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Carolina Biological Supply wins case against USDA, PETA
Court says evidence presented against the company was obtained illegally
by People for the Ethical Treatment of Animals
Carolina Biological Supply Company is not guilty of embalming living
cats, according to Judge D. Baker in a North Carolina court, and the
evidence presented against the company was obtained illegally by People
for the Ethical Treatment of Animals.
The US Department of Agriculture brought the case following an undercover
investigation by PETA infiltrators. It accused the company of injecting
embalming fluid into still-living cats and of recordkeeping and
housekeeping violations based on videotapes provided by PETA. The court
found that the tapes were not reliable because they were incomplete and
unclear and were made as part of an undercover investigation by
unlicensed investigators who violated the law in the cause of their
“It is an ominous note that Judge Baker found that 'the alleged
violations of the complaint were the result of PETA's involvement,'” said
Carolina Biological attorney Kurt C. Stakeman. “The decision aptly
describes a questionable relationship between PETA and USDA that each
USDA licensee should anticipate in the event of a PETA attack.”
Dr. Peter Hand, an embalming expert, testified that the cats were dead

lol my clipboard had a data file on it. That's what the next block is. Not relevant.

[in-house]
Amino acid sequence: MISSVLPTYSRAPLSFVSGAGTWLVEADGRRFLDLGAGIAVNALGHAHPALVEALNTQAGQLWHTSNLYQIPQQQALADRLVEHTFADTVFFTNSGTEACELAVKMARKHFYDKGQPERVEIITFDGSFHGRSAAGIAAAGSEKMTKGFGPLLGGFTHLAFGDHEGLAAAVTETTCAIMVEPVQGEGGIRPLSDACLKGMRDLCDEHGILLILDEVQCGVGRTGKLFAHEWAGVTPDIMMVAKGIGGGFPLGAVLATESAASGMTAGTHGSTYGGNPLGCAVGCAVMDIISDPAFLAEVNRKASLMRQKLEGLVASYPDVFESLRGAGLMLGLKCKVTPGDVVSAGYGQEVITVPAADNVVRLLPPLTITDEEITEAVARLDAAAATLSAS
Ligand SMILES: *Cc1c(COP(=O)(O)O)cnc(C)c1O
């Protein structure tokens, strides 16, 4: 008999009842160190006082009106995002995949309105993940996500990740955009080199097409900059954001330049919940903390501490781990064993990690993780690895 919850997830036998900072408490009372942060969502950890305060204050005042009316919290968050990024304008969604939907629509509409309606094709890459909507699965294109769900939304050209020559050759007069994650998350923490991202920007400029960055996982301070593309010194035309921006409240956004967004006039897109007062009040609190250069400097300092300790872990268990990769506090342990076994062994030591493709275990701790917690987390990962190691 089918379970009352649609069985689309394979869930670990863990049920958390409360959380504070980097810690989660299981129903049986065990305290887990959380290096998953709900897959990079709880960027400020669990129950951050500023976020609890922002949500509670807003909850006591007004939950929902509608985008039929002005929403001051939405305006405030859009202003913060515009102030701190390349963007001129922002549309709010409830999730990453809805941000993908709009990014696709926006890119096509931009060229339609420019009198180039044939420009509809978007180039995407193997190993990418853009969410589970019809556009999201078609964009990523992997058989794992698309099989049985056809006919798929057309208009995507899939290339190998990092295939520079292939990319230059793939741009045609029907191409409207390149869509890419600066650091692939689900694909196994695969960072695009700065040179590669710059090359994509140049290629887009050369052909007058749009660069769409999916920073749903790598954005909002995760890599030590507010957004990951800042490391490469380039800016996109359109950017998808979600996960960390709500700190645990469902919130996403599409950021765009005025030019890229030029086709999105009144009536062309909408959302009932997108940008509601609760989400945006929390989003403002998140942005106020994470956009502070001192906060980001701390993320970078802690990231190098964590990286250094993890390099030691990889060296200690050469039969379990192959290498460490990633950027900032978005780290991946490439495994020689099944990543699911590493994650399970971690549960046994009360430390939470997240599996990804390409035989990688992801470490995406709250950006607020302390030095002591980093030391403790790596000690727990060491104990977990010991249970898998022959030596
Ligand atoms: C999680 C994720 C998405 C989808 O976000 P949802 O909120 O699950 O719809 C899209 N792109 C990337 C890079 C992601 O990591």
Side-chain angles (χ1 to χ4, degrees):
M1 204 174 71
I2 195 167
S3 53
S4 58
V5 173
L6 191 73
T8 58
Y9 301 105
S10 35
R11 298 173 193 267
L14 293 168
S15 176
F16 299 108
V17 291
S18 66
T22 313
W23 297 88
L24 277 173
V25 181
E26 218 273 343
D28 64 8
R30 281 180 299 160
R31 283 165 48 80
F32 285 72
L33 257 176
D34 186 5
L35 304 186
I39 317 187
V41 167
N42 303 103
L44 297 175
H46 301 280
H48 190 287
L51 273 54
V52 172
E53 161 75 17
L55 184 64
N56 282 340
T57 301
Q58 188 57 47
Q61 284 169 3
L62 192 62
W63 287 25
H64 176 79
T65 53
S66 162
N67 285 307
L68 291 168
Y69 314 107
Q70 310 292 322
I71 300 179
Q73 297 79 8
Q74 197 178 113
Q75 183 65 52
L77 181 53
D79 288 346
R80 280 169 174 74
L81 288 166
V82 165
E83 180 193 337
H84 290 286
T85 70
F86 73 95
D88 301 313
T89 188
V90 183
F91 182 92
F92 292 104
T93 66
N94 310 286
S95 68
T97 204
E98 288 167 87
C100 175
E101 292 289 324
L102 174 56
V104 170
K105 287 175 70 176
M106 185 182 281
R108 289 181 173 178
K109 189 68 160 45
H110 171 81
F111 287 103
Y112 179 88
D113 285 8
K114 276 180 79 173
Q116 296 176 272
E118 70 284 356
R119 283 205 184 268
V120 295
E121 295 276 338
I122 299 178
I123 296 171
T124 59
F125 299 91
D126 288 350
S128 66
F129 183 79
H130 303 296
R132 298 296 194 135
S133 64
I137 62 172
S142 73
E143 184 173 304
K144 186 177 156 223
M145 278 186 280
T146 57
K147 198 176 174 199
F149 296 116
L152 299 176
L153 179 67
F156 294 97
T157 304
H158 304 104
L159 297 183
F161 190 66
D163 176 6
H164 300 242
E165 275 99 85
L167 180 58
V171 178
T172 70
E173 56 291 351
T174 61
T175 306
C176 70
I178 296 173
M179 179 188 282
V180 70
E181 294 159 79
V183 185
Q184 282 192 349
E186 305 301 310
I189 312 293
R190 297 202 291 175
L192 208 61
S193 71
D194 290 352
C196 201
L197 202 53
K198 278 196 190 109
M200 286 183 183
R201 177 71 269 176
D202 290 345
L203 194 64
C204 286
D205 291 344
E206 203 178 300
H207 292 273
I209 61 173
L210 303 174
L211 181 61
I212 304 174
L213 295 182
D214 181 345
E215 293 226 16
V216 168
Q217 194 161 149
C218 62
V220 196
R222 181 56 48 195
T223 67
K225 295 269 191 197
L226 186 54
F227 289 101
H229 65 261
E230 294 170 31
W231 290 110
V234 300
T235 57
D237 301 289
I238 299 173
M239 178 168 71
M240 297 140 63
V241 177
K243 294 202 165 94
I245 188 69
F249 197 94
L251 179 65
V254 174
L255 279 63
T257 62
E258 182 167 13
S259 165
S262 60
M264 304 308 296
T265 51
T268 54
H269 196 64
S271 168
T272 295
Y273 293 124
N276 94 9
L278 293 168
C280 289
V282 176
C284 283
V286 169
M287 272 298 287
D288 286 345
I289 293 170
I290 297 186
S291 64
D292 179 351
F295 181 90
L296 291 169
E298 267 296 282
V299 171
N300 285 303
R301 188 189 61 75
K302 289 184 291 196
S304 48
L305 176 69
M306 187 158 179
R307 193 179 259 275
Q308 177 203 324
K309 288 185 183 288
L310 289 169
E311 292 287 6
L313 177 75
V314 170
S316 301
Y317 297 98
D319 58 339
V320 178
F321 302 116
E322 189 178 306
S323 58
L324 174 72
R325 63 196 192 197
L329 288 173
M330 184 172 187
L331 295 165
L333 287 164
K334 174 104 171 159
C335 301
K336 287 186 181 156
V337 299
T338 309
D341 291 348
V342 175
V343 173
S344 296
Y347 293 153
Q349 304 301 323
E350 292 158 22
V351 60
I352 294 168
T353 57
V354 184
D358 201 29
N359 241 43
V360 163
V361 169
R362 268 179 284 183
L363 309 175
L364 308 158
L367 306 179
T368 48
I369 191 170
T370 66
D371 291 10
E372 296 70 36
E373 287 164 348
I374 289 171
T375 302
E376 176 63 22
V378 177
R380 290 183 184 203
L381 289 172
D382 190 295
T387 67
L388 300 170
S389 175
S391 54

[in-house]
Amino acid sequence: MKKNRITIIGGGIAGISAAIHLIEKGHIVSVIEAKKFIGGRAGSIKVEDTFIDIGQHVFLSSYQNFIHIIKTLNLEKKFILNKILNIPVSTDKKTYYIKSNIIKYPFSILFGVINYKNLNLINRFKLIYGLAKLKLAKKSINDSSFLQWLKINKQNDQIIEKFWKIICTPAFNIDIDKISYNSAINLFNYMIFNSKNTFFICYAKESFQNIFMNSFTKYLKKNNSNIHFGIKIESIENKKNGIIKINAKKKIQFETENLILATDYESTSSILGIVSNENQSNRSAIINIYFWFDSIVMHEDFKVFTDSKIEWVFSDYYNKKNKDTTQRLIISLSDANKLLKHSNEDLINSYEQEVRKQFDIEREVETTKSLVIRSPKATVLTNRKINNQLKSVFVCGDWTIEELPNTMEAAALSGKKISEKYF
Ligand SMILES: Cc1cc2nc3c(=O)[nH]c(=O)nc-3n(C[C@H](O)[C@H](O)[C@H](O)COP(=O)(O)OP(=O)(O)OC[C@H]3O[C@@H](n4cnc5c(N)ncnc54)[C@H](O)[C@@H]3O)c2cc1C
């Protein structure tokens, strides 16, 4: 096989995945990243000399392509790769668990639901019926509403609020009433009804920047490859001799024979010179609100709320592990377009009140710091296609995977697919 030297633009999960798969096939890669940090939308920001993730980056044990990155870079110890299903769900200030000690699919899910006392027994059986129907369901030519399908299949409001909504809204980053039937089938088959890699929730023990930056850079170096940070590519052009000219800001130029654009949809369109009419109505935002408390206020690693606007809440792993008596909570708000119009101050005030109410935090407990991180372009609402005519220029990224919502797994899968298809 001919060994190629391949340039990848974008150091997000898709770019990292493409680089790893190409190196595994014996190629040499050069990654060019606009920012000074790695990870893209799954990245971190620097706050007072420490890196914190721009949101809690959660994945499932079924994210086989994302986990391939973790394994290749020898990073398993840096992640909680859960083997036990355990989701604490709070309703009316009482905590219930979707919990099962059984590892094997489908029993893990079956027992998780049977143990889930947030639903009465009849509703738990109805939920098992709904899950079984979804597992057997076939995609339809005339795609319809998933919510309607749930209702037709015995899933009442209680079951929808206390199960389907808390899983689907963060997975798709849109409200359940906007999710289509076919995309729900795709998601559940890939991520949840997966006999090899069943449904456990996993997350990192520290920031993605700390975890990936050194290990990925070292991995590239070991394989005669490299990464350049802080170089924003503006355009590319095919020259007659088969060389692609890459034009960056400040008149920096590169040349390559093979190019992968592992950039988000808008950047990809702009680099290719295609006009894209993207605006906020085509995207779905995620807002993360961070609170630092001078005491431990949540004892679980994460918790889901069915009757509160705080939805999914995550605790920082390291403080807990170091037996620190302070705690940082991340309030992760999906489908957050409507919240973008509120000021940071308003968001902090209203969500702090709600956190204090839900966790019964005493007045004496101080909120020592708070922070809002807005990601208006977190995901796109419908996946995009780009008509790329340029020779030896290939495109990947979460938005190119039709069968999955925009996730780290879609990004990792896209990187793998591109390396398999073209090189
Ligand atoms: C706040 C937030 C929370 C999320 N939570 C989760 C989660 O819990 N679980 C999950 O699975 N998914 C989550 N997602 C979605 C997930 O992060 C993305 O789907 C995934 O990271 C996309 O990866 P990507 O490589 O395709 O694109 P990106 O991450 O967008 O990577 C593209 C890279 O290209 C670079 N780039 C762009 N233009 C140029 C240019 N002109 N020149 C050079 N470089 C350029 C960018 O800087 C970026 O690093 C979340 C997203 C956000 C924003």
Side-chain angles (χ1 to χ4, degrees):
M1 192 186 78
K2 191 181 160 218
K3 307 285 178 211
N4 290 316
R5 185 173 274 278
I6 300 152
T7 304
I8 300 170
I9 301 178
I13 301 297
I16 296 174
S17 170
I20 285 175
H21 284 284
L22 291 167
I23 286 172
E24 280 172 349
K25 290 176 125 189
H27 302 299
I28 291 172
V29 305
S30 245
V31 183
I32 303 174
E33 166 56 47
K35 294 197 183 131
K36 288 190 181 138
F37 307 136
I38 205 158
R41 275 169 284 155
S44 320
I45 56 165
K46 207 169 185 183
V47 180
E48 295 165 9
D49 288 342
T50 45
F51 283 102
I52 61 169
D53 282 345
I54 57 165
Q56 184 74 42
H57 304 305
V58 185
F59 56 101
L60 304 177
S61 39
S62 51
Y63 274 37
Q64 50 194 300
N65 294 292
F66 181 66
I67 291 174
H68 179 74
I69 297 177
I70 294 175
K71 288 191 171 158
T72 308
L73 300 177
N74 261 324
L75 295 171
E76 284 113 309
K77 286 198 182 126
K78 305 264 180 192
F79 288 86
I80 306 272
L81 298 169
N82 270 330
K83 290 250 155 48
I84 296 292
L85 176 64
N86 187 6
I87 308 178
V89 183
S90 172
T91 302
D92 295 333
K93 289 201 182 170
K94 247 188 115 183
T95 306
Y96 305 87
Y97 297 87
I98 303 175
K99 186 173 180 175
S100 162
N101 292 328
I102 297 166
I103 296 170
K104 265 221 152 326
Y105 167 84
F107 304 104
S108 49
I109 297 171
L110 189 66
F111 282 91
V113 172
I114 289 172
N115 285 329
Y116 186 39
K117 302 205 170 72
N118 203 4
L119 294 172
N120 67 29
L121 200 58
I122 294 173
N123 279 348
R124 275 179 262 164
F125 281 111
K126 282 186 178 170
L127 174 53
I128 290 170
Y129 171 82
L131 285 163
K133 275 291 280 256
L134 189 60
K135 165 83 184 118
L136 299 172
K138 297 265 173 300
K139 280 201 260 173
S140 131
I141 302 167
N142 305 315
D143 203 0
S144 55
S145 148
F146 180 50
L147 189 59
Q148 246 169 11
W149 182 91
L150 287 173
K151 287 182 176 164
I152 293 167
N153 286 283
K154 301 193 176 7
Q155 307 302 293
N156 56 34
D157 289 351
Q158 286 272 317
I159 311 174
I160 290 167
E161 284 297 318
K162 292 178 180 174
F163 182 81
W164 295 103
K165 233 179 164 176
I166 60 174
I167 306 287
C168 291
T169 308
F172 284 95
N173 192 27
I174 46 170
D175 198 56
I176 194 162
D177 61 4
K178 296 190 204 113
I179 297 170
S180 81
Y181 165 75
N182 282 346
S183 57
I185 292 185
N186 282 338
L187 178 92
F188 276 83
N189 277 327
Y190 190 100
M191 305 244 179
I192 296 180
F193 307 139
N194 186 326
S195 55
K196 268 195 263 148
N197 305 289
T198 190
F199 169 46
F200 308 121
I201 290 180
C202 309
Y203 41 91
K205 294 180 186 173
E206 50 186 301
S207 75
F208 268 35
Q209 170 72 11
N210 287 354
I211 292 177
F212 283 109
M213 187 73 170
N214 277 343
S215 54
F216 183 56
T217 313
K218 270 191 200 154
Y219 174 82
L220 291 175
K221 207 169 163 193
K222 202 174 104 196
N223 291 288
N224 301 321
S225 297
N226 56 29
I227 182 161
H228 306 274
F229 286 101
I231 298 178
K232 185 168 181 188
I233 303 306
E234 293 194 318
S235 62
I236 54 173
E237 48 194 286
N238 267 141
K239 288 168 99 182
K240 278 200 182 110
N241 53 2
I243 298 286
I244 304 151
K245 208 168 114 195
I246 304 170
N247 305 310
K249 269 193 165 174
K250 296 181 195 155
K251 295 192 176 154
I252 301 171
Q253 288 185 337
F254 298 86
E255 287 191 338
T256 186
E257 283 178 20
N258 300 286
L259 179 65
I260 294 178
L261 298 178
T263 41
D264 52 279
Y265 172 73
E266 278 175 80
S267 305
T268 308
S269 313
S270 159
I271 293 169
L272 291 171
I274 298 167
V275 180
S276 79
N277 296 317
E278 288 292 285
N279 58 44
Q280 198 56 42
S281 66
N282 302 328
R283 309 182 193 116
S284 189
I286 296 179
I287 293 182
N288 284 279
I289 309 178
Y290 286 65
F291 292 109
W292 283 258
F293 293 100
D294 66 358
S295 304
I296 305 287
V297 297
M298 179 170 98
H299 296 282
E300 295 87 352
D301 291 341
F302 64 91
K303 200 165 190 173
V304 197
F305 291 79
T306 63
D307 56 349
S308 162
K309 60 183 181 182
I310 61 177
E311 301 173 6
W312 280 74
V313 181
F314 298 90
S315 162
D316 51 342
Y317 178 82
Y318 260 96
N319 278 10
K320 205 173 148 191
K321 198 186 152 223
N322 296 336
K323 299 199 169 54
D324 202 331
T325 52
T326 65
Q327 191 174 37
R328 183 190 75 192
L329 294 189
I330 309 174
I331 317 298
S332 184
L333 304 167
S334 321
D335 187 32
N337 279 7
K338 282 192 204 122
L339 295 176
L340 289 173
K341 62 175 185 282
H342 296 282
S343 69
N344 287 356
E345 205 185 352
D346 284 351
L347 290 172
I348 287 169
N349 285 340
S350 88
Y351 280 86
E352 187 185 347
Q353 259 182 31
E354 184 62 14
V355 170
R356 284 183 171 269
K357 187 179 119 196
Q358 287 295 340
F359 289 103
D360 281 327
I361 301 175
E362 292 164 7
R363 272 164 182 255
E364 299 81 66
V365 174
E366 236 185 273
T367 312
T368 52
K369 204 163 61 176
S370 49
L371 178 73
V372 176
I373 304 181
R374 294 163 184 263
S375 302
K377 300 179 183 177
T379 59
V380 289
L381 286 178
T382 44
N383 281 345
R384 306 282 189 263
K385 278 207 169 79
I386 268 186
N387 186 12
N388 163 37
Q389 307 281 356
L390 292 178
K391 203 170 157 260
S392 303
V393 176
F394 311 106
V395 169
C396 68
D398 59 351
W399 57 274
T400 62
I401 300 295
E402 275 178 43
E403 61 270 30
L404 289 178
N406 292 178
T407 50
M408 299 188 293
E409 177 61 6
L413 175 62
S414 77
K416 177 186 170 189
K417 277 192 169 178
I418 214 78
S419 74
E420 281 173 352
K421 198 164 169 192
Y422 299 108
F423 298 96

but were capable of postmortem reaction to chemical stimulation. Although
USDA initially listed several animal rights witnesses among its experts,
it chose to call only two veterinarians, neither of which had experience
in euthanasia by carbon monoxide. In addition, one of these witnesses had
no experience in embalming. These two witnesses did not agree which cats
on the PETA tapes they believed to still be alive when embalmed.
The court noted PETA's political motives and its agents'
misrepresentations on employment applications and confidentiality
agreements. It said that USDA was acting on behalf of PETA when it sent
an investigative team to the company, a team that did not include the
USDA agent who had been inspecting Carolina for 10 years. Furthermore,
the company had an unblemished record of compliance with USDA
requirements. Carolina corrected the recordkeeping and housekeeping
violations found in that inspection within 30 days, but USDA still filed
charges 11 months later.
The court found that Carolina's recordkeeping violations were a result of
following USDA directives and were thus inadvertent. However, although
the records had previously been inspected and accepted, they were
actually in error, the judge fined the company $2500 for the violations.
He also noted that the company was unable to rely on USDA instructions
for keeping those records.
The court found the housekeeping violations to be trivial as no evidence
of harm to any animal was presented and the breaches were corrected
Carolina was represented by Stakeman, Michael E. Ray, and Eric C. Morgan
of in Winston-Salem, North Carolina.
By Norma Bennett Woolf
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